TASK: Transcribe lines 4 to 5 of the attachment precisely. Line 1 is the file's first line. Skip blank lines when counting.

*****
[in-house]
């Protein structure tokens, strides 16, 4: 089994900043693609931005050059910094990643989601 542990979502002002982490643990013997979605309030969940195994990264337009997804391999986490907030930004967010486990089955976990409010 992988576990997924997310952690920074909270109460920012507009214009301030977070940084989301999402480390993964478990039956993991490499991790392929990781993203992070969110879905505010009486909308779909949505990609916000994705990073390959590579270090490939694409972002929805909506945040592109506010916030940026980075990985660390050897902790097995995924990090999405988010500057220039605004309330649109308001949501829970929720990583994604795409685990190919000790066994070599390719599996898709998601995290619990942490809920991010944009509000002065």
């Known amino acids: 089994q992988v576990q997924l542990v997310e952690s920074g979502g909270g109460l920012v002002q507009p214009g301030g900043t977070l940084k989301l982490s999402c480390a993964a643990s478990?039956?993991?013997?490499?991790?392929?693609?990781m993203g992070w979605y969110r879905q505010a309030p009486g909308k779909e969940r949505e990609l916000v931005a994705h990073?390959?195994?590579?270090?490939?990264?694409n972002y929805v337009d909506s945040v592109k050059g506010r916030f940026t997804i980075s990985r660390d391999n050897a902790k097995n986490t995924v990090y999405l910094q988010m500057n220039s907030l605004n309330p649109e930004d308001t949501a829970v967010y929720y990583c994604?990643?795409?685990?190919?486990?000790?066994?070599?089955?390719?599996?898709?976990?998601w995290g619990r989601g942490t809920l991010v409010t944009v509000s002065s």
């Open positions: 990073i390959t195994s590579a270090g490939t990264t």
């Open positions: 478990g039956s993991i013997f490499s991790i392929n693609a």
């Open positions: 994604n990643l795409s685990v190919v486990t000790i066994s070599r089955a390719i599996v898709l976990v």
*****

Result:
């Open positions: 990073i390959t195994s590579a270090g490939t990264t």
């Open positions: 478990g039956s993991i013997f490499s991790i392929n693609a």